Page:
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Tara Sullivan

Tom Brady looks miserable, like a guy who has stayed around a year too long

A scowling Tom Brady was not pleased during Sunday's loss at Pittsburgh.Don Wright/Associated Press

The final days of Tom Brady’s Patriot life are remembered mostly for how depressing it all was, for the way a dour-faced quarterback trudged down the hallways of Gillette Stadium one last time in the wake of a playoff loss to Tennessee in January 2020, the end of a long, drawn-out exit filled with rancor and frustration.

While Brady was barely able to acknowledge the coach with whom he’d won six Super Bowls, Bill Belichick was no better, practically forced into saying a nice word about Brady the morning after their last game together.

Looking back, it was truly difficult to imagine Brady looking any more miserable than he did that cold, wet January night.


Until now.

The current version of Brady has taken his misery to new lows, looking every bit like a man who stayed around a year too long.

Thin and drawn, hollow and angry — did you see the profane sideline tirade hurled at his offensive teammates in Sunday’s loss to the banged-up Steelers? — Brady projects the image of someone rethinking the infamous unretirement decision that brought him back this season, his third since leaving New England.

Schadenfreude this is not; I actually find it sad to watch, with Brady hurting his reputation, potentially losing his marriage, all for the sake of a 23rd NFL season.

(Warning: Video contains offensive language)

A Tampa Bay coda that started out so triumphantly, with Brady winning a Belichick-less Super Bowl his first year down South, has gone south in a different way in the two years since. This past weekend felt like rock bottom, with Brady skipping team meetings Saturday to attend Robert Kraft’s lavish New York City wedding, then yelling at his teammates during the loss to Pittsburgh.

Add that to the still-unexplained 11-day absence during training camp (looking forward to the next Gotham Chopra documentary to get some clarity on that one) and Brady gives every appearance of a man with one foot in the game and one foot out the door.


He didn’t help himself by coming back on protector/friend/interviewer Jim Gray’s SiriusXM podcast and comparing his return to football to military deployment.

“I almost look at a football season like you’re going away on deployment for the military,” Brady said. “And it’s like, ‘Man, here I go again.’

“The reality is you can really only be authentic to yourself, right? Whatever you may say — ‘Ah, man, I want to, you know, make sure I spend a little more time doing this during the season’ — the reality is, when it comes down to it, your competitiveness takes over, and as much as you want to have this playful balance with the work balance, you’re going to end up doing exactly what you’ve always done, which is why you are who you are.”

Yikes. Football may be a huge commitment, may demand time away from family, may be the most physically brutal of all our professional sports. But it’s not the same as military service, with men and women literally putting their lives on the line for our country.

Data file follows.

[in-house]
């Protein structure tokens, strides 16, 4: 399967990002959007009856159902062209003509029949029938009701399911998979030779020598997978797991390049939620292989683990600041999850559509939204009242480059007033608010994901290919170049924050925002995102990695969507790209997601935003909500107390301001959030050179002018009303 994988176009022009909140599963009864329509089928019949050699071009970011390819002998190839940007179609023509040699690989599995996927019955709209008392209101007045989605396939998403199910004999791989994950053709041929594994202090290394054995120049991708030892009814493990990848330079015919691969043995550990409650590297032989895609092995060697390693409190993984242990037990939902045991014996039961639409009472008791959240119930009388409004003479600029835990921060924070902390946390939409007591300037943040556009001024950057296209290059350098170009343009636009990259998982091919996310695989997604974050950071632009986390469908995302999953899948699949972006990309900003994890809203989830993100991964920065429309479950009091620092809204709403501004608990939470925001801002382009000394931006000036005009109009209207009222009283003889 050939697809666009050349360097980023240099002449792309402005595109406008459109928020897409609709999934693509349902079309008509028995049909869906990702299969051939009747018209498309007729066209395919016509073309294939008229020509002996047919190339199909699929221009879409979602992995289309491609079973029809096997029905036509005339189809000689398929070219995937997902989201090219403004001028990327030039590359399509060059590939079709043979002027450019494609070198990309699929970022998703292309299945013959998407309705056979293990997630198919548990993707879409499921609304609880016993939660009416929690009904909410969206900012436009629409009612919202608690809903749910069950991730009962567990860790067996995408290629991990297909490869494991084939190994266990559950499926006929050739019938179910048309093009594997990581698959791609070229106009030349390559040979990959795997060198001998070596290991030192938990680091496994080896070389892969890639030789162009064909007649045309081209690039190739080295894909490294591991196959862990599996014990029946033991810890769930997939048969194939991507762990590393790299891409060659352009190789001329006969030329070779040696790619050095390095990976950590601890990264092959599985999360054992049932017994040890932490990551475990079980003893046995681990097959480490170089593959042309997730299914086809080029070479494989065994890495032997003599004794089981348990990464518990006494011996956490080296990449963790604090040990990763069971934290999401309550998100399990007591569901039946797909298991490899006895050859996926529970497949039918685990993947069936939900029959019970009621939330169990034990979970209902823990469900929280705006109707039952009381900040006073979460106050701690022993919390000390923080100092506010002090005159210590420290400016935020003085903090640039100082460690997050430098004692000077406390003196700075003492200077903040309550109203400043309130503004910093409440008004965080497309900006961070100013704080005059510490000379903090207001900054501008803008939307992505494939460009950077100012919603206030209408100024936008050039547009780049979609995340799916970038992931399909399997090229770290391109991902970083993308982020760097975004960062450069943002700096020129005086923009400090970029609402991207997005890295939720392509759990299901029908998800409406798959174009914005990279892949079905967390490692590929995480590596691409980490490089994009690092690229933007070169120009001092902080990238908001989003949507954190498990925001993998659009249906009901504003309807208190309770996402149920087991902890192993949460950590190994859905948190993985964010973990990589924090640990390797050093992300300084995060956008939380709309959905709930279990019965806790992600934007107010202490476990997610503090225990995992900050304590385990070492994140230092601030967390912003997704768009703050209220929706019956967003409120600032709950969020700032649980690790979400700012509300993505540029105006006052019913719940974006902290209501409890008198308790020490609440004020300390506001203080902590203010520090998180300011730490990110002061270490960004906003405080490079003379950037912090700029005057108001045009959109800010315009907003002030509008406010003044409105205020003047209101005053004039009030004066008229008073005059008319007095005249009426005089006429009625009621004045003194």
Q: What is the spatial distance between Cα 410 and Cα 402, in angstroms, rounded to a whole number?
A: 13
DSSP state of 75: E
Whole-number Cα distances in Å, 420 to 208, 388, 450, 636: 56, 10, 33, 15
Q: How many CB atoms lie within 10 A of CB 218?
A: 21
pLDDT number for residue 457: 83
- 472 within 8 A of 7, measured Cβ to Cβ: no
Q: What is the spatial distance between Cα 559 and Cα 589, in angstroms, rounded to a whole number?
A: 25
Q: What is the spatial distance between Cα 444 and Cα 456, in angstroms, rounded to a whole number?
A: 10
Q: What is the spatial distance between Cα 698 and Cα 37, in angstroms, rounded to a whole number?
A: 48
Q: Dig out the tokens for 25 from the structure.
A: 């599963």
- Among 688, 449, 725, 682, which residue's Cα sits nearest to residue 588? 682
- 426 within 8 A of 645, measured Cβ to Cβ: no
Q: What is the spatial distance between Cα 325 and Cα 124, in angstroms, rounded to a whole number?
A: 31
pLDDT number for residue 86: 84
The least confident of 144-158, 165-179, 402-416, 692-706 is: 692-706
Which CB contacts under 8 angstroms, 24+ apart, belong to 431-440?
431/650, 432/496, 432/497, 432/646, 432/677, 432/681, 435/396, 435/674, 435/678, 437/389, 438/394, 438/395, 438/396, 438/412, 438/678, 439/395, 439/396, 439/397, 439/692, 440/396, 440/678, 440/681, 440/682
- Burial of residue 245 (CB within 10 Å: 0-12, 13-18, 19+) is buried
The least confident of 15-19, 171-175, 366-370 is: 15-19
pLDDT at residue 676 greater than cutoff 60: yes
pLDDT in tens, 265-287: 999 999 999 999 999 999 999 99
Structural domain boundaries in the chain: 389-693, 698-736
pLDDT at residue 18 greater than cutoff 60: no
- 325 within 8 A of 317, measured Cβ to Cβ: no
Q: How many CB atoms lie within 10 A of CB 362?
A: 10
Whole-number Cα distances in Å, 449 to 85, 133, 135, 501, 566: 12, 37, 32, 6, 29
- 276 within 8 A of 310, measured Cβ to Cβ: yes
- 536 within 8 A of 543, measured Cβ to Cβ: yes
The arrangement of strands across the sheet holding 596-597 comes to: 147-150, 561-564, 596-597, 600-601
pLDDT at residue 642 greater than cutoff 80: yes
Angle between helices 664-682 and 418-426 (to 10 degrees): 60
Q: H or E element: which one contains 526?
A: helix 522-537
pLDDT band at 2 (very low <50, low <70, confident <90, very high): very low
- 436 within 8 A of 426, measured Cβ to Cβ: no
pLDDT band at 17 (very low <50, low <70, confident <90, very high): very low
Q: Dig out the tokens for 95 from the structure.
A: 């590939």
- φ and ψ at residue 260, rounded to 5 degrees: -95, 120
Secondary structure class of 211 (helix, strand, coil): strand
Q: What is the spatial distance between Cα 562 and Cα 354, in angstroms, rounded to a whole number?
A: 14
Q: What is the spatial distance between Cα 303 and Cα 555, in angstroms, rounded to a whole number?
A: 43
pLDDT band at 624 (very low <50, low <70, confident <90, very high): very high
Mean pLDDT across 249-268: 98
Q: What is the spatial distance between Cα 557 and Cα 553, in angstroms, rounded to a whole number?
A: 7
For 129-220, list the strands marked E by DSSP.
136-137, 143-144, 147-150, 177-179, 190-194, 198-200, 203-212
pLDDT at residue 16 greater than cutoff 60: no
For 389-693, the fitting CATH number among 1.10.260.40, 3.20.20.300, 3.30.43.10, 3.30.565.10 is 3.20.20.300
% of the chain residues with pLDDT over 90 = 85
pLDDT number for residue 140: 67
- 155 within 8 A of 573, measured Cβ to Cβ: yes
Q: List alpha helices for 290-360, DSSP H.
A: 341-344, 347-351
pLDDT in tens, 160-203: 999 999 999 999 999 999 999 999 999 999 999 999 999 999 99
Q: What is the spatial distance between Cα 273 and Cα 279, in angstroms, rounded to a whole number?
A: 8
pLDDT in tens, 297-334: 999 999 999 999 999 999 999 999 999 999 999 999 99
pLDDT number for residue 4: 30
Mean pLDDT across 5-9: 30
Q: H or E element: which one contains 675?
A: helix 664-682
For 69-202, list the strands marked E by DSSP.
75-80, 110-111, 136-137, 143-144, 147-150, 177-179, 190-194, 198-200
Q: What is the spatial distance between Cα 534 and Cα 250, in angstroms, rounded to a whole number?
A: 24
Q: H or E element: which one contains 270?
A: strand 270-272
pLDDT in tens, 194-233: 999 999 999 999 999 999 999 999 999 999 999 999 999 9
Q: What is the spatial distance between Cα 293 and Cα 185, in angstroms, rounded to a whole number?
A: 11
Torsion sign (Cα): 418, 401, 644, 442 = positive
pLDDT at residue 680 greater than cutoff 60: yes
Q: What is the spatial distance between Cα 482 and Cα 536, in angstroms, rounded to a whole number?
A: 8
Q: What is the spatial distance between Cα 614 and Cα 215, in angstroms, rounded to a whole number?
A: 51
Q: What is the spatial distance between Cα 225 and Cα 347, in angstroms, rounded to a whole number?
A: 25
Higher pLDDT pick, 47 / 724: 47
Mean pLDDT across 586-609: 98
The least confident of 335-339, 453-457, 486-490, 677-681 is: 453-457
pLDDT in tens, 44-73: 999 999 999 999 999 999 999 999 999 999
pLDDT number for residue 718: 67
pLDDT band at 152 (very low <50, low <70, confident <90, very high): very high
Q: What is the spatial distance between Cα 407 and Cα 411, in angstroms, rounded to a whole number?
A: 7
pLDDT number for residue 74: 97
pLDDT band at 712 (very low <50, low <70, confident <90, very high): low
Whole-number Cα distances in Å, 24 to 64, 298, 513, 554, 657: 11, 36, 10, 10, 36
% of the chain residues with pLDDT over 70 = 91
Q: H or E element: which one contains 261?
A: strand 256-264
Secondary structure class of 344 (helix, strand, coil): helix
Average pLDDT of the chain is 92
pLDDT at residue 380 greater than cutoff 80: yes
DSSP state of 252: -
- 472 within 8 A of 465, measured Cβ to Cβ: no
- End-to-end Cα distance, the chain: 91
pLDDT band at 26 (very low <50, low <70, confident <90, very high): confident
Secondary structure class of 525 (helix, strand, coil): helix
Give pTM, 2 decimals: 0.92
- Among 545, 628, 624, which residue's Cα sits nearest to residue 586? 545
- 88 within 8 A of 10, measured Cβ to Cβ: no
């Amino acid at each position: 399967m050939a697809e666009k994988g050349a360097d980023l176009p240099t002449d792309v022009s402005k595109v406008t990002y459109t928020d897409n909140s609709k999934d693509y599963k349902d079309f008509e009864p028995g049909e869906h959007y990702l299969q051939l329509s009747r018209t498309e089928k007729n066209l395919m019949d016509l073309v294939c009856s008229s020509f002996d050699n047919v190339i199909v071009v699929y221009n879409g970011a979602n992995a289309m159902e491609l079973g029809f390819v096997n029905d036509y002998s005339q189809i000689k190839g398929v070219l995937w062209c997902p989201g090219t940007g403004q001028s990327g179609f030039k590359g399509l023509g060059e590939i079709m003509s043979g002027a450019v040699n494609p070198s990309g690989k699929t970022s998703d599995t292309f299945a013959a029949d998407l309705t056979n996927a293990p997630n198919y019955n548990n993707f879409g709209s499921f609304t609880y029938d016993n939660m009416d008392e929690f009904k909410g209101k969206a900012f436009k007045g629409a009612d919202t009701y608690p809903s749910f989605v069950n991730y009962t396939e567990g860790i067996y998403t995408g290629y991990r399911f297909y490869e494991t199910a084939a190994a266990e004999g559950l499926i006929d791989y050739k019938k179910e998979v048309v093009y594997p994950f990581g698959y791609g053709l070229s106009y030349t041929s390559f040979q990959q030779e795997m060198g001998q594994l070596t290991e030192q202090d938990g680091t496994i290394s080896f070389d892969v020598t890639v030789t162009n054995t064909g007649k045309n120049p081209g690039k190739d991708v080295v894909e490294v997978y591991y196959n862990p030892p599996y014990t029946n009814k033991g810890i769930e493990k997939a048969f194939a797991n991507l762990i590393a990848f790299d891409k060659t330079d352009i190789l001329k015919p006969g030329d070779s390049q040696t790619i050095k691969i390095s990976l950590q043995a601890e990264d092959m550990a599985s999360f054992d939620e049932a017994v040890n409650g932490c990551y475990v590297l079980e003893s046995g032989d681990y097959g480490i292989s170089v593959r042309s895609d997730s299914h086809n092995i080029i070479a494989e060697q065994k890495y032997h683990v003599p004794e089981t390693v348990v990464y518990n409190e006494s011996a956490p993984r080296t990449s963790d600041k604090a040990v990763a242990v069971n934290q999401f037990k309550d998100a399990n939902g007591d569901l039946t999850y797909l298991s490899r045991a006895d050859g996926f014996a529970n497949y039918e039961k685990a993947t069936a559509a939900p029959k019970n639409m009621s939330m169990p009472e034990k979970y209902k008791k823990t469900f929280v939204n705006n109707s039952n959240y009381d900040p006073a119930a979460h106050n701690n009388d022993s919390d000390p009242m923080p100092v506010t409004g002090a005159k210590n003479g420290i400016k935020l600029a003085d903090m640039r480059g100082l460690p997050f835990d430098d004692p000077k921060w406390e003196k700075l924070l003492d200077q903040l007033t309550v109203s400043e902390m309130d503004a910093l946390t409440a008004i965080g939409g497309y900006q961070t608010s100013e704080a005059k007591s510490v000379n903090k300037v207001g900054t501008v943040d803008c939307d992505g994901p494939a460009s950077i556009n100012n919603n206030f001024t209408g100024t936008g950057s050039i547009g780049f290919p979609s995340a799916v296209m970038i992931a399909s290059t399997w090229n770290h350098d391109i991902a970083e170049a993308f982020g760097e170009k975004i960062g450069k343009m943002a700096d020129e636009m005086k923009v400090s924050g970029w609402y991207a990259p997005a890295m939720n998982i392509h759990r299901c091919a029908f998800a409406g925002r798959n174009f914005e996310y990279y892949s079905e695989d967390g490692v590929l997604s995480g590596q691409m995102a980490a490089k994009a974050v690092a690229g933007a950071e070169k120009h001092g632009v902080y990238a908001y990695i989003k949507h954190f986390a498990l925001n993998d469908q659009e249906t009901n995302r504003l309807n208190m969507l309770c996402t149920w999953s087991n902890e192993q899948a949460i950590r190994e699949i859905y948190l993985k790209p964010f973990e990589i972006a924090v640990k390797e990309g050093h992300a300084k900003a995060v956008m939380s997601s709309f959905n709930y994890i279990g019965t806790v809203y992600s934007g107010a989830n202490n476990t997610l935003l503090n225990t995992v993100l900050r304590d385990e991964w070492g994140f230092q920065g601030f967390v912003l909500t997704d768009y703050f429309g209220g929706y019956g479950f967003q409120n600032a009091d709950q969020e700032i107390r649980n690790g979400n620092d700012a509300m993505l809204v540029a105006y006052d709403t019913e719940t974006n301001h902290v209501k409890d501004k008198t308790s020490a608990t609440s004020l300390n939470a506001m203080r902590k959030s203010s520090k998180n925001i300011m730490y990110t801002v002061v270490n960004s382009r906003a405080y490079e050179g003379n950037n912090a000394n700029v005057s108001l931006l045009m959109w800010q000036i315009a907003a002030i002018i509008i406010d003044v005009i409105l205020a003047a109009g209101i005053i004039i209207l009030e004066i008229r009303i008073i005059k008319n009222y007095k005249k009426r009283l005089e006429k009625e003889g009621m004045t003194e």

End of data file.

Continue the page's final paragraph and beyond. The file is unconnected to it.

I get it; Brady’s point was not so much about being away, but about the person you become while you’re away. The same one you’ve always been. Translation: I thought I could find work/life balance, only to realize that while I’m working, there is not going to be any balance.


That level of single-mindedness is no doubt at the heart of Brady’s reported marital problems with Gisele Bündchen, who is said to have been frustrated with Brady’s unwillingness to retire for years now.

I’ve never believed reporters or fans are in position to tell a player when to retire (outside, perhaps, of serious injury concerns), particularly when it’s obvious that, even at age 45, they still have the ability to play at a high level. I actually lauded Brady’s decision to reverse course.

But after all Brady has accomplished, after it’s become obvious how much his family prefers he not play, this seems like a fair second-guess.

The stats aren’t great, not by Brady’s standards. He hadn’t started a season 3-3 since 2012. His eight touchdown passes in six games are paltry compared with this time last year, when he had 17, or the year before that, when he had 14. According to the AP, Brady’s 3.2 percent touchdown rate while attempting to pass is a career low, and the team’s 20.2 points per game are far down from last season’s 30.1.

All this for a man who in his first two Tampa Bay seasons, playoffs included, threw an astounding 96 touchdown passes.

Brady trudged to the locker room after Tampa Bay's latest loss.Justin K. Aller/Getty

Yet he still has two 300-yard passing games and is fifth in the NFL with 1,652 yards. It’s not that he can’t play — it’s just that he no longer looks like he’s even enjoying it.


After winning his seventh Super Bowl, Brady exited the playoffs in last year’s divisional round, and now he’s struggling to keep his Buccaneers afloat as a legitimate championship contender. His offense is struggling to score touchdowns, his offensive line and receivers can’t stay healthy, and his security blankets have moved on — miss you Rob Gronkowski, get help Antonio Brown.

Brady’s the one still here, but he looks like he’d rather be elsewhere. And that’s sad.

Tara Sullivan is a Globe columnist. She can be reached at tara.sullivan@globe.com. Follow her on Twitter @Globe_Tara.